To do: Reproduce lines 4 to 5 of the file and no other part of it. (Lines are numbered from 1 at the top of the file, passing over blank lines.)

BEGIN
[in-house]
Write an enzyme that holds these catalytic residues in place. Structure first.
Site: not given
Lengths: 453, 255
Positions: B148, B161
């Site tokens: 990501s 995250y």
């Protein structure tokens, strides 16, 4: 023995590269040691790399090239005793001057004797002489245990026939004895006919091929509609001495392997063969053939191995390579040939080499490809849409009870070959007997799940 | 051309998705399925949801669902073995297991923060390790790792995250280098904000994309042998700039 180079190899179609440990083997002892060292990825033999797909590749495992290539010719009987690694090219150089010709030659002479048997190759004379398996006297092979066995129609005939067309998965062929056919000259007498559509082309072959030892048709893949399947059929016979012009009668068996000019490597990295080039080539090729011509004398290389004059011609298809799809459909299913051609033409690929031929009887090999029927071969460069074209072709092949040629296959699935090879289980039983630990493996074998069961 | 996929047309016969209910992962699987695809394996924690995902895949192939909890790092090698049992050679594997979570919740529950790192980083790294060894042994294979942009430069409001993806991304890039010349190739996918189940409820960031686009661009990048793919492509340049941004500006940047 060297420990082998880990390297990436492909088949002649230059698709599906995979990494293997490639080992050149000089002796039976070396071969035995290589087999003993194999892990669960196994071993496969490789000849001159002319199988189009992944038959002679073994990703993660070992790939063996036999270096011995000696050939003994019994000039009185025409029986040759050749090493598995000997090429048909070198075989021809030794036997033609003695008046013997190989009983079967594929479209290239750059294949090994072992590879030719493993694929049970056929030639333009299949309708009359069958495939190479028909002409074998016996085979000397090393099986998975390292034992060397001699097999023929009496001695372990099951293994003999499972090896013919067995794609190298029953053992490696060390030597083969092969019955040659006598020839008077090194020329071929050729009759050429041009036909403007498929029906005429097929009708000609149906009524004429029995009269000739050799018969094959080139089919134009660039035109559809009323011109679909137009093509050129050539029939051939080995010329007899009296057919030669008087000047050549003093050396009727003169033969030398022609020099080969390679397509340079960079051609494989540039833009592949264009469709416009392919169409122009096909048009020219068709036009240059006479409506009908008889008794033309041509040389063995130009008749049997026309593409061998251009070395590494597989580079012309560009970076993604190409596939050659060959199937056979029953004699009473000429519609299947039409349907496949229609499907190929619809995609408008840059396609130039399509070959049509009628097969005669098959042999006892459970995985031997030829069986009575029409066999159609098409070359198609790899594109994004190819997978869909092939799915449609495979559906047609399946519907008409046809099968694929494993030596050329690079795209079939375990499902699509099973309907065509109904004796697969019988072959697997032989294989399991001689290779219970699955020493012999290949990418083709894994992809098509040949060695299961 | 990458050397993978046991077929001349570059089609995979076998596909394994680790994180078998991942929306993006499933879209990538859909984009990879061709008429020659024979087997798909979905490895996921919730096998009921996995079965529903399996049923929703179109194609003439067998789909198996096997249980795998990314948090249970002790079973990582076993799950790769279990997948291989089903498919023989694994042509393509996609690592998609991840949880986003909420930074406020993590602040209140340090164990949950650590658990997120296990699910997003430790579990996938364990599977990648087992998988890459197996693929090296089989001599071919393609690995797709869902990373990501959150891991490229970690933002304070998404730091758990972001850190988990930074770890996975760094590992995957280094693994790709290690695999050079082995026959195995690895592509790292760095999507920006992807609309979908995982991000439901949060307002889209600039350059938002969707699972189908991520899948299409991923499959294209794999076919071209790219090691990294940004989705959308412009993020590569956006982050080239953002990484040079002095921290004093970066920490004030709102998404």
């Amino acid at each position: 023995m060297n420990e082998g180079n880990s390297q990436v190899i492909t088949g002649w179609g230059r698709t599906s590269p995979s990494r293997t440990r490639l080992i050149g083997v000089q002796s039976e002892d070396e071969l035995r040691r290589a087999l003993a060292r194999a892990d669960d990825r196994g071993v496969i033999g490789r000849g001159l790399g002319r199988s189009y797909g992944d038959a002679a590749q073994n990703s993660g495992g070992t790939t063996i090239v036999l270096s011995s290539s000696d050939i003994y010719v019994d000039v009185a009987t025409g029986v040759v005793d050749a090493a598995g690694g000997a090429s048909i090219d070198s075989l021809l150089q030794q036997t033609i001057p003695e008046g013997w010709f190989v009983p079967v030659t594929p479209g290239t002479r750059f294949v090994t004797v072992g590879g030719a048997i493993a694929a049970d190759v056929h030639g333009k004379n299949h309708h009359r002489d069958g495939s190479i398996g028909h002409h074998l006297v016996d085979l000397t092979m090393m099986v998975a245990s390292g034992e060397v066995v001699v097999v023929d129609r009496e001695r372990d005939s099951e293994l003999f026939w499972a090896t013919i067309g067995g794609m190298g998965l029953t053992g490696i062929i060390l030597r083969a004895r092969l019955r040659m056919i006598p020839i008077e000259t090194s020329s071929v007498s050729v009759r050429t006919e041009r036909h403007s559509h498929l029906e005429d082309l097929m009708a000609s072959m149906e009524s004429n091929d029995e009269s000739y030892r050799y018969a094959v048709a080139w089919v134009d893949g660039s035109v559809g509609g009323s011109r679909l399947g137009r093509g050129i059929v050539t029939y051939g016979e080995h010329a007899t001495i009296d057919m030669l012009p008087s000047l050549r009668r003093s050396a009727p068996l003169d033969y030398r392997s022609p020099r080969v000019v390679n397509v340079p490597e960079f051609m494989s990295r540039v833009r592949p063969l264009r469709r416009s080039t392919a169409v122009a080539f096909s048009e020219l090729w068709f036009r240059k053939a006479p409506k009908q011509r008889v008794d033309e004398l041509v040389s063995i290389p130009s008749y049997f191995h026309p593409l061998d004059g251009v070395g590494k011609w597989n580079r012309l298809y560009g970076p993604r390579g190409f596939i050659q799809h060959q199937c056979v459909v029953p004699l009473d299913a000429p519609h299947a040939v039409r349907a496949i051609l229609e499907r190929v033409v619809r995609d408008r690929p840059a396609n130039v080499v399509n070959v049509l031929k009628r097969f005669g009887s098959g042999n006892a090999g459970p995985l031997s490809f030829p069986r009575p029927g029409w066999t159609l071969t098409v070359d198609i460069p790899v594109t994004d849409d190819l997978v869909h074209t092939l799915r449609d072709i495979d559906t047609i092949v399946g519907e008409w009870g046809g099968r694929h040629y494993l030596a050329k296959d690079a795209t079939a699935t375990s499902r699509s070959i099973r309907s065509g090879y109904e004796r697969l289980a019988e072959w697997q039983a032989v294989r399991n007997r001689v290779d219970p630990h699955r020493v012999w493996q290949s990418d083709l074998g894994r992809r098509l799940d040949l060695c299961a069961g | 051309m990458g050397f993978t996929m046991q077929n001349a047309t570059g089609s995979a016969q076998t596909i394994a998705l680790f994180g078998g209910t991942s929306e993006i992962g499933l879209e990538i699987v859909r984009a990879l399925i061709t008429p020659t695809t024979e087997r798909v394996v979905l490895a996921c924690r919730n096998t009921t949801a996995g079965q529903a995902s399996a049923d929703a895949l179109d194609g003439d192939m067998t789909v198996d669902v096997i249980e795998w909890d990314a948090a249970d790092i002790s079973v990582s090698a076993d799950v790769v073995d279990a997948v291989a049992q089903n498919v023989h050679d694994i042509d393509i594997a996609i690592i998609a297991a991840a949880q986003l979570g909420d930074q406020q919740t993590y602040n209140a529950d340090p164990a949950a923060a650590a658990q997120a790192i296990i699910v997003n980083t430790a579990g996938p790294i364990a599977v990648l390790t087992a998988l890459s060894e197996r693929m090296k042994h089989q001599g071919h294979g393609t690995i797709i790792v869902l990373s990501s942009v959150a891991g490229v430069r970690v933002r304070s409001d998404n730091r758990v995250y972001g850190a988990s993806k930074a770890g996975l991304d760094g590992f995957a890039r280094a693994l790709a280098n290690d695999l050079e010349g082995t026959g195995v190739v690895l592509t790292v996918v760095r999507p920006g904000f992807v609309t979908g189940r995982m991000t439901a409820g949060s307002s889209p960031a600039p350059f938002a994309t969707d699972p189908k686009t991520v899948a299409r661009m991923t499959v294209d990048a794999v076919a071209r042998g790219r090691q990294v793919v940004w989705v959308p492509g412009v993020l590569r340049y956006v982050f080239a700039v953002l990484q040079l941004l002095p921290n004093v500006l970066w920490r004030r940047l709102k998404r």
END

Lengths: 453, 255
Positions: B148, B161